The city could pass a bylaw requiring English or French on signs and theoretically have it go unchallenged.
But Brodie, a lawyer by practice, said he would anticipate a challenge.
The court accepted expert opinions that that "the bylaw indicates that the French language has value in the community outside of schools and family life." In other words, as Carter noted, the court ruled the bylaw addressed the social welfare of the township. She did not mention how Richmond's case is different in so much that the city is dealing with a non-official language.
Carter said more analysis would be required to determine whether a B. Of course, these legal questions would only arise should they be challenged in court.
She said the Supreme Court of Canada would be more likely to restrict freedom of expression if the city engaged in public consultation to determine the scope of the issue, if there was one to be found.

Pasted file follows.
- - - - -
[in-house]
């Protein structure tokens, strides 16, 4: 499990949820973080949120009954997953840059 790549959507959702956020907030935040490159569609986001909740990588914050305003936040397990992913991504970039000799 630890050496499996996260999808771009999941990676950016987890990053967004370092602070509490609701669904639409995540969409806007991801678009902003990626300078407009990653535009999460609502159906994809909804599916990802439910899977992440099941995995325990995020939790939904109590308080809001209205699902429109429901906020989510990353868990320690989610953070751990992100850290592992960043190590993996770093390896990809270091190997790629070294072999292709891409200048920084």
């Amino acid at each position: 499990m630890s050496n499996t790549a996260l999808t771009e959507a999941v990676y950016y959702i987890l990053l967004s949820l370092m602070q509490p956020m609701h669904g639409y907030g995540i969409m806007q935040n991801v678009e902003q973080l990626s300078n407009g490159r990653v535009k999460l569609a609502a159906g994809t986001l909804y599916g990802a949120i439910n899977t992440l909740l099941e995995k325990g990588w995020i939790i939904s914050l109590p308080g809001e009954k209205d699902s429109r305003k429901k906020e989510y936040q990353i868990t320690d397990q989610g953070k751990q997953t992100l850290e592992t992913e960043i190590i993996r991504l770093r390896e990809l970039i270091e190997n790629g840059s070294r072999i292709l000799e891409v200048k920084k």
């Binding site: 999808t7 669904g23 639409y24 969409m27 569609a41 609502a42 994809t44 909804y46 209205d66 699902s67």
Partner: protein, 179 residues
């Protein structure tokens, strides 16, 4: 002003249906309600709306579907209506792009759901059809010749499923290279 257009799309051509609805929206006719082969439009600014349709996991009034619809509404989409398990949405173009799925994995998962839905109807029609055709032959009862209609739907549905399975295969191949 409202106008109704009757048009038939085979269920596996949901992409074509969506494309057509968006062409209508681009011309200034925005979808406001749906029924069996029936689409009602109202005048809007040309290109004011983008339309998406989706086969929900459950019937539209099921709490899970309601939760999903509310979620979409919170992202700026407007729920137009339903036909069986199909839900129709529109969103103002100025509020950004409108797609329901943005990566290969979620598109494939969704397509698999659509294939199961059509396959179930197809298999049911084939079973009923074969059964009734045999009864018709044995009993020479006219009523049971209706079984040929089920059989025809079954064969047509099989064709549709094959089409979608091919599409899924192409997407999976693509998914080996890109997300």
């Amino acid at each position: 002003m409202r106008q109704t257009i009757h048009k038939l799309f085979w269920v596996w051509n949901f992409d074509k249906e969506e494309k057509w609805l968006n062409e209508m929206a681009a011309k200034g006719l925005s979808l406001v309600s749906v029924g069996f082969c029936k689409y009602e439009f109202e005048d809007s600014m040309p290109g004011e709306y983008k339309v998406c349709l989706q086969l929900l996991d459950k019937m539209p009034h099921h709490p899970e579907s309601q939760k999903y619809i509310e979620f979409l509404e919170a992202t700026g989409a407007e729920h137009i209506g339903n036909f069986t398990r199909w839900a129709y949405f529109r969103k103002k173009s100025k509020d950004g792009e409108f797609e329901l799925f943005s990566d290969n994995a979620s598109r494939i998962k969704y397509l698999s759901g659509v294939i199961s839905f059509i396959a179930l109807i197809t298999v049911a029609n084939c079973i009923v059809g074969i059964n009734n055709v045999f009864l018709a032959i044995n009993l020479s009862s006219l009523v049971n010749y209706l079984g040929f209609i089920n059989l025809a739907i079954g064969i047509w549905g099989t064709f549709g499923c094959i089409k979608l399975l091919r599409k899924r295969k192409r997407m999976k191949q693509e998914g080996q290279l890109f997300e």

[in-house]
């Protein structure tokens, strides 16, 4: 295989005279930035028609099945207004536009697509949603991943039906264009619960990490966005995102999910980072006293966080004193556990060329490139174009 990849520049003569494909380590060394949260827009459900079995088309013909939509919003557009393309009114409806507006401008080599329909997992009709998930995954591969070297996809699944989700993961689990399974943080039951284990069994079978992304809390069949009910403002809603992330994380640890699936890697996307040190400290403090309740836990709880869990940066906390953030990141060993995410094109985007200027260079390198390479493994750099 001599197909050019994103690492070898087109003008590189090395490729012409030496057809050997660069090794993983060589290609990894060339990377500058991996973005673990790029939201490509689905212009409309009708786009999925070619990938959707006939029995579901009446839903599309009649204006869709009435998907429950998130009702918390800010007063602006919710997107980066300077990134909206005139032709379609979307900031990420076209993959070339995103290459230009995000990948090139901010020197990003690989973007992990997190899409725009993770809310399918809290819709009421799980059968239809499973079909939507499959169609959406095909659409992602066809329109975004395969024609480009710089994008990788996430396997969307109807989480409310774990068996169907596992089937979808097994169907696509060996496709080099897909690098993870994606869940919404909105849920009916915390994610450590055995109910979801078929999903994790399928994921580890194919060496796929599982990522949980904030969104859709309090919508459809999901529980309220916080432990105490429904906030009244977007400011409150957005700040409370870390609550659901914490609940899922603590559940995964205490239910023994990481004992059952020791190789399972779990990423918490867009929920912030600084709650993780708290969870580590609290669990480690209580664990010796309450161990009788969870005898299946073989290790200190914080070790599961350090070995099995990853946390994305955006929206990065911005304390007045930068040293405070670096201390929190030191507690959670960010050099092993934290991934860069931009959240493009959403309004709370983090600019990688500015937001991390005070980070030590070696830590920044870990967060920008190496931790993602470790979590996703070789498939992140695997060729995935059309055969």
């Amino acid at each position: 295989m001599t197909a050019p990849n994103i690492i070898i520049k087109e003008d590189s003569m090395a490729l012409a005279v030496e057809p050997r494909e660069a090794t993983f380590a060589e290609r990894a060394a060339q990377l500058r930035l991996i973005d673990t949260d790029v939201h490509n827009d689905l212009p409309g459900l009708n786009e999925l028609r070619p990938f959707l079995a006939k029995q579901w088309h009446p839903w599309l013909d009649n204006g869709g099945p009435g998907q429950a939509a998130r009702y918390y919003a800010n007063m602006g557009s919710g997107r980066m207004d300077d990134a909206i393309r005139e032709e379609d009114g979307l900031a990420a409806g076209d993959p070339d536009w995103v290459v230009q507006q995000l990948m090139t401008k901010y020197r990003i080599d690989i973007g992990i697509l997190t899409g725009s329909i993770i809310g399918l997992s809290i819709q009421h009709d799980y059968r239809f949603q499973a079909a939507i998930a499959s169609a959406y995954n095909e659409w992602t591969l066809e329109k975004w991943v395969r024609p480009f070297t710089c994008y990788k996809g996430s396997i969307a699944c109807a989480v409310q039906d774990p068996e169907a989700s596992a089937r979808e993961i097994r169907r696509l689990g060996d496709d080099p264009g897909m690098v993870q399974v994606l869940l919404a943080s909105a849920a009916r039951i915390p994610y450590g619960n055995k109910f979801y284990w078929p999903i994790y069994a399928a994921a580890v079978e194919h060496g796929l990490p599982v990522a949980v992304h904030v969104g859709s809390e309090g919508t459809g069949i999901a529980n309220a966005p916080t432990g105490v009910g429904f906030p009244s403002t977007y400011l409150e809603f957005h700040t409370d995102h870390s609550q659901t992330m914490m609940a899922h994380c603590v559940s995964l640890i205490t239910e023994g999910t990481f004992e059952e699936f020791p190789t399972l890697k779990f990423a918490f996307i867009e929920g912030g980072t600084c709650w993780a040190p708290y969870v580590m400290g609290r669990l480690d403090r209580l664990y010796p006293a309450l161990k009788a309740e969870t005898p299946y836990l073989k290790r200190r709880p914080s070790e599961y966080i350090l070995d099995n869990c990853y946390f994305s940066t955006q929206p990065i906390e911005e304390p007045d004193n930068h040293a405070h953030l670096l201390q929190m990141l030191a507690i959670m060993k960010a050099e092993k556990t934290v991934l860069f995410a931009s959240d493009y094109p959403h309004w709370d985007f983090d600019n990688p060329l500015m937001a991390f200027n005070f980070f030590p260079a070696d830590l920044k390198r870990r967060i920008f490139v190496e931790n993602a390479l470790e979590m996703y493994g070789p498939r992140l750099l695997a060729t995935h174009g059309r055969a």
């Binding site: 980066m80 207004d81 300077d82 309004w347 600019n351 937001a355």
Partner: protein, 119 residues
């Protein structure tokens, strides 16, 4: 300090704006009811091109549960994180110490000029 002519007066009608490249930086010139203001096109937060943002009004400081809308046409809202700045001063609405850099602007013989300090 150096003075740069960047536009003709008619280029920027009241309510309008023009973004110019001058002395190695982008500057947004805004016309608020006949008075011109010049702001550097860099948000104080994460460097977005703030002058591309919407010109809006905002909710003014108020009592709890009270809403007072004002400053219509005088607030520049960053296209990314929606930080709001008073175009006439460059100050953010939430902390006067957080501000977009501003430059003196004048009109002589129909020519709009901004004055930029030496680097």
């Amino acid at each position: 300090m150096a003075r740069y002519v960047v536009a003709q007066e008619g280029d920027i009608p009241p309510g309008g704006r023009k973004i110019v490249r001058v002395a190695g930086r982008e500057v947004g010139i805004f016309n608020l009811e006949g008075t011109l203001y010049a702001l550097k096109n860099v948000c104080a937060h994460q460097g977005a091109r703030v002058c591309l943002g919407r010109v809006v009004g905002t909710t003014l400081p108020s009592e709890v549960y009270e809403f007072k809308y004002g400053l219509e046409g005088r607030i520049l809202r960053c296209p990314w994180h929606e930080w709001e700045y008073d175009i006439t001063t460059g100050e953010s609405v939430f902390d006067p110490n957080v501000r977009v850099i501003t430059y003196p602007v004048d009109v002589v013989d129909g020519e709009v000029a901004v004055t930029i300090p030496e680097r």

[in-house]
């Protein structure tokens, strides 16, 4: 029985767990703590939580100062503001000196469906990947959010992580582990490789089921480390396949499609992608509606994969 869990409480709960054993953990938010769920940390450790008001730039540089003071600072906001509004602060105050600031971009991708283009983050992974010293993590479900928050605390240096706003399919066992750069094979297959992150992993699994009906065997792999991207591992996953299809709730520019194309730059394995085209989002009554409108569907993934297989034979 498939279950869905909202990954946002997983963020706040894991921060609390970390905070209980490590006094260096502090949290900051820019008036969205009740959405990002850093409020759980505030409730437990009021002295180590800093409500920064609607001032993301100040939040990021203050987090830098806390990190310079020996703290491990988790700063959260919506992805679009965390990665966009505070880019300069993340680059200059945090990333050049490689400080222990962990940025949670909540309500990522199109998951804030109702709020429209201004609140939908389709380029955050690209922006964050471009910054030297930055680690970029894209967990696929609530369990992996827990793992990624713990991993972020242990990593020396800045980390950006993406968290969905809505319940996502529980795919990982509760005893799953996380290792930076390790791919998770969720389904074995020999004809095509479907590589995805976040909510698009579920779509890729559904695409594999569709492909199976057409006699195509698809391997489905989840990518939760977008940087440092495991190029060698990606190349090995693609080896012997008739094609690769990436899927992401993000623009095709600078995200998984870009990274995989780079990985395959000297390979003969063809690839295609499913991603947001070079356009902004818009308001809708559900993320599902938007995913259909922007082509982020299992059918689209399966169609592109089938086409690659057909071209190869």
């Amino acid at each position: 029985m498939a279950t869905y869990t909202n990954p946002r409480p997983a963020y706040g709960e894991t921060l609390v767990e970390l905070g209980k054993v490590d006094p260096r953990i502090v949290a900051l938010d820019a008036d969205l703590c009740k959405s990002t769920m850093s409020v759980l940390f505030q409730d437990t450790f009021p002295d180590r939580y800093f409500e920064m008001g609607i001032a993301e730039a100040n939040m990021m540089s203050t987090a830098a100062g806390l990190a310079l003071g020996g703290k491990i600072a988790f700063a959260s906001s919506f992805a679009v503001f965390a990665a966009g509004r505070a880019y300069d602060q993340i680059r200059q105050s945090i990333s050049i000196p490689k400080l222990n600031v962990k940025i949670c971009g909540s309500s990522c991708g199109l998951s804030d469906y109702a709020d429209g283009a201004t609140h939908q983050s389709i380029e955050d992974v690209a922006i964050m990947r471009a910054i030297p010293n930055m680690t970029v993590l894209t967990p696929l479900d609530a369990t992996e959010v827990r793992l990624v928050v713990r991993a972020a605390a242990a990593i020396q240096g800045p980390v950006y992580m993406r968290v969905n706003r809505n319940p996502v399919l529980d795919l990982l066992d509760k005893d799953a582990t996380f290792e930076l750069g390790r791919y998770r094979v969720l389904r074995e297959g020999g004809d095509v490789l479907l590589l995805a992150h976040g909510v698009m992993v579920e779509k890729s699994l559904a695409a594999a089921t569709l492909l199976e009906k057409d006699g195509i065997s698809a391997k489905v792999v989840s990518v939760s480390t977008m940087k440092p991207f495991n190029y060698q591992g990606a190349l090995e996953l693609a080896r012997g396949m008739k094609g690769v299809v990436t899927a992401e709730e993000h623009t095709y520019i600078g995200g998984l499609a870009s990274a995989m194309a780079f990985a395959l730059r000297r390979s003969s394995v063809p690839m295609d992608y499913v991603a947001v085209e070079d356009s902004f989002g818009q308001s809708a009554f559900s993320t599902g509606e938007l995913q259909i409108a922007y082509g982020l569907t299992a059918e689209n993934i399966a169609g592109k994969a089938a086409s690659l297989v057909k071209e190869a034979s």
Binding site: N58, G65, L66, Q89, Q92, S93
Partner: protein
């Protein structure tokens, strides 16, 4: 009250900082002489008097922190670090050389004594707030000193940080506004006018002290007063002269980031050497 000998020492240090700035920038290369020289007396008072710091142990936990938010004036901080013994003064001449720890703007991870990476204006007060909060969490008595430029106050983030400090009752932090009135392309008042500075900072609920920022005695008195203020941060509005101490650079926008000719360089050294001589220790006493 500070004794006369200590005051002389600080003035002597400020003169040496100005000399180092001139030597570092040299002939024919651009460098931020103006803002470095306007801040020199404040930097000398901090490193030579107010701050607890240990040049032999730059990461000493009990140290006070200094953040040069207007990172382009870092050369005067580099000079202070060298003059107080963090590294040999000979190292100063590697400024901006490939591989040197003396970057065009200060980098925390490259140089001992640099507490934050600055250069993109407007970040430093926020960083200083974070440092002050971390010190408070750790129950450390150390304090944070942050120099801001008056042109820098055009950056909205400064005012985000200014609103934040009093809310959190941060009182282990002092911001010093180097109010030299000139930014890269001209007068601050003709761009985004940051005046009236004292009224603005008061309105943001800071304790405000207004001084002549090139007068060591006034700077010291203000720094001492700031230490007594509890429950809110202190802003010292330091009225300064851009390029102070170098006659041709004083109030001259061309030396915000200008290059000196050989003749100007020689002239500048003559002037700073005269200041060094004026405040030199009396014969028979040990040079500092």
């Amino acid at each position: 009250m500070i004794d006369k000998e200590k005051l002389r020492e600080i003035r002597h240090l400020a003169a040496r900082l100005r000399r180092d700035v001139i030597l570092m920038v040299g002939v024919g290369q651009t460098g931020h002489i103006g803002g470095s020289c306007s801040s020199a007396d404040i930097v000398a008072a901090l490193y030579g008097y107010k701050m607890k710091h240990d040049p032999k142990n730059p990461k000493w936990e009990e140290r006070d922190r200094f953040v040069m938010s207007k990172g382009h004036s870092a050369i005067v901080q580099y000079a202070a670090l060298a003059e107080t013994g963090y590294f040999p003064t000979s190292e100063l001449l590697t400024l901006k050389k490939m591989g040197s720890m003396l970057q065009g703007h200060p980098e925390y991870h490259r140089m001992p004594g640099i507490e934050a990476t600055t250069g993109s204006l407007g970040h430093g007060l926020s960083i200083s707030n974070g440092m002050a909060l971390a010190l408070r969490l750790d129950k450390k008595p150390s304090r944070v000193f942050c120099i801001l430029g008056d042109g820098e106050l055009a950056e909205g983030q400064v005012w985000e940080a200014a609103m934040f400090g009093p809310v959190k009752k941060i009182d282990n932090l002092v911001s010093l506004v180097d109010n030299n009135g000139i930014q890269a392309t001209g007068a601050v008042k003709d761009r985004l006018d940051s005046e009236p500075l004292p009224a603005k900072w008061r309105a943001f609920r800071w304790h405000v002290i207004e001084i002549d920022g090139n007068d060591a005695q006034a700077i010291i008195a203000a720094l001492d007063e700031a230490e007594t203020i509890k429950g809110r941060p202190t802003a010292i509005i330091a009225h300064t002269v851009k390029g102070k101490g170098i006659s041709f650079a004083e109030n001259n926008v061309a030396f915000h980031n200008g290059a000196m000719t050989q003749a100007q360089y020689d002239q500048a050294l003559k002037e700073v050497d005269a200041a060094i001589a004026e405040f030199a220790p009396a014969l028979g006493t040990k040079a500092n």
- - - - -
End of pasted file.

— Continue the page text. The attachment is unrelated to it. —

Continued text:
Notably, the study didn’t indicate the size and context of the signs.
At issue are non-Chinese-speakers, including Chinese-Canadians, feeling like Richmond, or at least a large portion of north Richmond, is exclusionary. Evelina Halsey-Brandt, who requested a motion last week at city council to investigate the legalities of enforcing some form of English (or French, presumably) on signs that fall under the existing sign regulation bylaw. There’s a segment of the population feeling disenfranchised,” she added.
A businessman wanting to put up English-only signs had challenged the township.
The court ruled the bylaw violated the man's Charter rights.